Rep. Trey Gowdy recently suggested the FBI did nothing wrong when it used at least one government informant to secretly collect information on Donald Trump's presidential campaign.

Public reports indicate that Gowdy never even reviewed the relevant documents on the matter subpoenaed by Congress.

A spokeswoman for Gowdy told The Federalist that the congressman doesn't even know what documents and records were subpoenaed by the House Permanent Select Committee on Intelligence.

Although Gowdy intimated that the information he received in a briefing last week made clear the FBI did nothing wrong, numerous reports from multiple news outlets indicated that the lawmakers DOJ invited to the briefing were not given access to all of the records HPSCI subpoenaed.

When asked by The Federalist whether Gowdy had seen all the documents Congress requested, a spokeswoman for Gowdy repeatedly declined to say what, if any, subpoenaed records Gowdy had reviewed during the roughly hour-long briefing.

CNN's Jake Tapper tweeted, "Gowdy refutes Trump, Nunes, Fox 'spy' conspiracy." ABC News similarly alleged that Gowdy was "Disputing Pres. Trump's unsubstantiated claim the Obama administration used spy to infiltrate his campaign."

The claims that Gowdy had somehow "Refuted" allegations that the FBI used at least one informant to spy on the Trump operation are in direct conflict with confirmed reporting from The New York Times and Washington Post that the FBI did use at least one individual to secretly collect information against the Trump campaign for use in the bureau's anti-Trump investigative efforts.

Val and Al: MSNBC's Real Teachable Moment

There at Valerie Jarrett's side as she talked about this episode as a "Teachable moment" was - one can't make this up - Al Sharpton.

Here, American Spectator fans, are the Al Sharpton tapes.

Don't miss MSNBC star Sharpton's "Greek homo" routine, here.

Or MSNBC star Sharpton's "Apology" for inflaming a Harlem racial situation by going on about a "White interloper" here.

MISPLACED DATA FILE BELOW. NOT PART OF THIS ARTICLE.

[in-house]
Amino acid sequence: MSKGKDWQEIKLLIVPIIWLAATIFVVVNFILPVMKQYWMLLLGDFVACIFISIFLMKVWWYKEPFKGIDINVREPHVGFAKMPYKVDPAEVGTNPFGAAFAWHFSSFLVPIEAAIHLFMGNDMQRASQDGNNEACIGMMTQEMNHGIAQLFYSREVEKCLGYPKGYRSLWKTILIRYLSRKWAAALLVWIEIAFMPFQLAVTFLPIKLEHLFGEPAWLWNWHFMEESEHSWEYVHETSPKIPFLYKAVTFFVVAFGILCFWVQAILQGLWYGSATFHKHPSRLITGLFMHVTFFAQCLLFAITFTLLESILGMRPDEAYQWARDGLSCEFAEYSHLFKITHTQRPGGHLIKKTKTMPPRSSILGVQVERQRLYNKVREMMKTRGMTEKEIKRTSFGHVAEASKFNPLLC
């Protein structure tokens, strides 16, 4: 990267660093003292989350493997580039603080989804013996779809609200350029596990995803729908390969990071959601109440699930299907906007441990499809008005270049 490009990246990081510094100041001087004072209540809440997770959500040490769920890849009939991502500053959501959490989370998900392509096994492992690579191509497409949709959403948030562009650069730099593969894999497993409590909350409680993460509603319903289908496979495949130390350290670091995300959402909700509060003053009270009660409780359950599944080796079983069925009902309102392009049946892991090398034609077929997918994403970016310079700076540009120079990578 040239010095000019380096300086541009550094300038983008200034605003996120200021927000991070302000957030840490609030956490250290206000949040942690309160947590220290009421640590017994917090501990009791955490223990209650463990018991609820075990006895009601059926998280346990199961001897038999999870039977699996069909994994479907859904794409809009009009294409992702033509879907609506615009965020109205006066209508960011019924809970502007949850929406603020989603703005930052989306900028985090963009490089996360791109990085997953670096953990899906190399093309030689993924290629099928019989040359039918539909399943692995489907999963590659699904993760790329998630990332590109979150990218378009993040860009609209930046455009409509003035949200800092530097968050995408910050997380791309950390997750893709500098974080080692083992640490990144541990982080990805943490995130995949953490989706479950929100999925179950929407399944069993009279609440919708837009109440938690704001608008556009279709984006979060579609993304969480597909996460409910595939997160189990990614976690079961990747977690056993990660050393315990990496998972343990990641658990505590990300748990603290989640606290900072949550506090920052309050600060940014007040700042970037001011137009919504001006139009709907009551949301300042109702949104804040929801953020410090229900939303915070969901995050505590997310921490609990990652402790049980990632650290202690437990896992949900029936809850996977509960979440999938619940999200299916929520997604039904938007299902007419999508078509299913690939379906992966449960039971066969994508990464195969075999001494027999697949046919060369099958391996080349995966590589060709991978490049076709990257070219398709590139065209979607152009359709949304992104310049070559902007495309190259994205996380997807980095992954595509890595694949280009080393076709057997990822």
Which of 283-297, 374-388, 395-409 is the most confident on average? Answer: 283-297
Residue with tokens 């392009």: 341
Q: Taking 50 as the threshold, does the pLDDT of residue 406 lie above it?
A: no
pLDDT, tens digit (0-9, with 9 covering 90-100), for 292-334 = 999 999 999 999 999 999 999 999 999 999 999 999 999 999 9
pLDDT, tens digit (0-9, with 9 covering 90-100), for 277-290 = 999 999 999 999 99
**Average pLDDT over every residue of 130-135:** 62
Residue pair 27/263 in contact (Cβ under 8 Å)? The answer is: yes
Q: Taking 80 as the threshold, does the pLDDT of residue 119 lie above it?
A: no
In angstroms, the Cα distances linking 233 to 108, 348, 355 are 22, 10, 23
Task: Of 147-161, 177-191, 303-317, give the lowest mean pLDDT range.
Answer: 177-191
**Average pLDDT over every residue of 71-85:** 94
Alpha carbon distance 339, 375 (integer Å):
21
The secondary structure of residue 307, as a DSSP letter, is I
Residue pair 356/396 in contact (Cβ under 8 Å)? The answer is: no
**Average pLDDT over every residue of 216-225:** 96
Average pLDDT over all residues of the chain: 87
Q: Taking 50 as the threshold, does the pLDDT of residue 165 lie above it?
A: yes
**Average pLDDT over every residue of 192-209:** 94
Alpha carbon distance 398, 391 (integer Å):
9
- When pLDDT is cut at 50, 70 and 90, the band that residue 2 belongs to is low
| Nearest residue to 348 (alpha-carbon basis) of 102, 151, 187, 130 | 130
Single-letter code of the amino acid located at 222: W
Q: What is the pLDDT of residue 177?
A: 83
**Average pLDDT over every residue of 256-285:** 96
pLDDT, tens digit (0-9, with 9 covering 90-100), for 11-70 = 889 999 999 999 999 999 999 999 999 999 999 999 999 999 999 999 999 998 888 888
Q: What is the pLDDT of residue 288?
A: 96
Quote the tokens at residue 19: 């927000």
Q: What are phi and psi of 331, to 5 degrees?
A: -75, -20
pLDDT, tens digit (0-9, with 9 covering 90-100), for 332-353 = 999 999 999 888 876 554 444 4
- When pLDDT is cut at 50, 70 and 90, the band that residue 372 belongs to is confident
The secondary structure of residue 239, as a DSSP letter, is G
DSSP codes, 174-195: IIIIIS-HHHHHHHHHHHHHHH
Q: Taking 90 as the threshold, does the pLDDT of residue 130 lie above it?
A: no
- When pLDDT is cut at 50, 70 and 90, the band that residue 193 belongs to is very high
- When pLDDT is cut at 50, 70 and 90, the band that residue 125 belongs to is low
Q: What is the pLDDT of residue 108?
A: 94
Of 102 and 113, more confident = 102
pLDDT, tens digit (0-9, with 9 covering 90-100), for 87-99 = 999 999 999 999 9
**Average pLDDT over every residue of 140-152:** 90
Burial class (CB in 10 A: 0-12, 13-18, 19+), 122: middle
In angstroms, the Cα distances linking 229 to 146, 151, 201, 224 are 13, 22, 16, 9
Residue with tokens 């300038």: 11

"Sharpton has been"enthusiastically embraced by President Obama.

A perusal of the White House visitor log - which shows 61 visits by Sharpton since 2009 - illustrates the extraordinary access Sharpton has had to the president and his top advisers.

"Thirty-four of Sharpton's visits were for White House events like high-profile nominations, bill signings, and soirées. Some, like the February 9, 2010,"Celebration of Music from the Civil Rights Movement," seem well within Sharpton's wheelhouse.

Will MSNBC dump Sharpton in the wake of the Roseanne episode? Of course not.

In the case of Valerie Jarrett, MSNBC, and Sharpton? 

When Congress Doesn't OK Government Rules, Both Ranchers and Conservationists Suffer

Until the Trump administration submits Obama-era land use rules to Congress for approval, those regulations aren't actually in effect and can't be enforced to protect a chicken-like bird in 10 Western states, a legal group argues.

The law calls for regulatory agencies to submit every rule to both houses of Congress and the Government Accountability Office before the rules can go into effect.

The rules remain burdensome and problematic because for historic reasons most ranchers depend upon access to public land for a living, and the federal government controls most of the land in Western states, he said.

The agencies' unlawful failure to submit the sage grouse rules has deprived Congress of its best opportunity to review-and strike down-the rule.